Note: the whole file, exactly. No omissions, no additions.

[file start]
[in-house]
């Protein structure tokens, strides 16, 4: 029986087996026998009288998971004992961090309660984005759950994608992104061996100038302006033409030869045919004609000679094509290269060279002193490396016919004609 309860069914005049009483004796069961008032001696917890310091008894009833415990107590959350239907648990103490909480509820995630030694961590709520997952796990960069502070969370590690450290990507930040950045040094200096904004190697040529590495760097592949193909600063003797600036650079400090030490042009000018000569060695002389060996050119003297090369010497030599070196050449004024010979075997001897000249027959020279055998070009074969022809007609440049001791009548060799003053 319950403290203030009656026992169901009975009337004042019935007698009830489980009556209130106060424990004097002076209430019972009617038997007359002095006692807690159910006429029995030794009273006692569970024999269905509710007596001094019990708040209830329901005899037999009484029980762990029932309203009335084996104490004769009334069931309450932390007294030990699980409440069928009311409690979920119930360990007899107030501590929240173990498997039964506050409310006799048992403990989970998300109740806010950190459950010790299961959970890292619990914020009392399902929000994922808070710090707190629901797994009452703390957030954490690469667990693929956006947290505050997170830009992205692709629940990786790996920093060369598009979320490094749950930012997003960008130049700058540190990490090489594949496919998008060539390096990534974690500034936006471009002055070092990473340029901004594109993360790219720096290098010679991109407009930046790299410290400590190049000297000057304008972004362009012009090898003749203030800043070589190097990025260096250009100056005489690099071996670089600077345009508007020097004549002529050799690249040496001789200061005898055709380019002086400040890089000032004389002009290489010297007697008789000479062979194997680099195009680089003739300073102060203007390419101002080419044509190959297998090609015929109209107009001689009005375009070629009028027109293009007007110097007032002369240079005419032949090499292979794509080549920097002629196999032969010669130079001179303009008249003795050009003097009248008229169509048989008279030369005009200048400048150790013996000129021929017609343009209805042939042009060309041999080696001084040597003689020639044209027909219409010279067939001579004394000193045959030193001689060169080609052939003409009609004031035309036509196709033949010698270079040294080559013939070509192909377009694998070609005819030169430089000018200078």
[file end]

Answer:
[in-house]
């Protein structure tokens, strides 16, 4: 029986087996026998009288998971004992961090309660984005759950994608992104061996100038302006033409030869045919004609000679094509290269060279002193490396016919004609 309860069914005049009483004796069961008032001696917890310091008894009833415990107590959350239907648990103490909480509820995630030694961590709520997952796990960069502070969370590690450290990507930040950045040094200096904004190697040529590495760097592949193909600063003797600036650079400090030490042009000018000569060695002389060996050119003297090369010497030599070196050449004024010979075997001897000249027959020279055998070009074969022809007609440049001791009548060799003053 319950403290203030009656026992169901009975009337004042019935007698009830489980009556209130106060424990004097002076209430019972009617038997007359002095006692807690159910006429029995030794009273006692569970024999269905509710007596001094019990708040209830329901005899037999009484029980762990029932309203009335084996104490004769009334069931309450932390007294030990699980409440069928009311409690979920119930360990007899107030501590929240173990498997039964506050409310006799048992403990989970998300109740806010950190459950010790299961959970890292619990914020009392399902929000994922808070710090707190629901797994009452703390957030954490690469667990693929956006947290505050997170830009992205692709629940990786790996920093060369598009979320490094749950930012997003960008130049700058540190990490090489594949496919998008060539390096990534974690500034936006471009002055070092990473340029901004594109993360790219720096290098010679991109407009930046790299410290400590190049000297000057304008972004362009012009090898003749203030800043070589190097990025260096250009100056005489690099071996670089600077345009508007020097004549002529050799690249040496001789200061005898055709380019002086400040890089000032004389002009290489010297007697008789000479062979194997680099195009680089003739300073102060203007390419101002080419044509190959297998090609015929109209107009001689009005375009070629009028027109293009007007110097007032002369240079005419032949090499292979794509080549920097002629196999032969010669130079001179303009008249003795050009003097009248008229169509048989008279030369005009200048400048150790013996000129021929017609343009209805042939042009060309041999080696001084040597003689020639044209027909219409010279067939001579004394000193045959030193001689060169080609052939003409009609004031035309036509196709033949010698270079040294080559013939070509192909377009694998070609005819030169430089000018200078």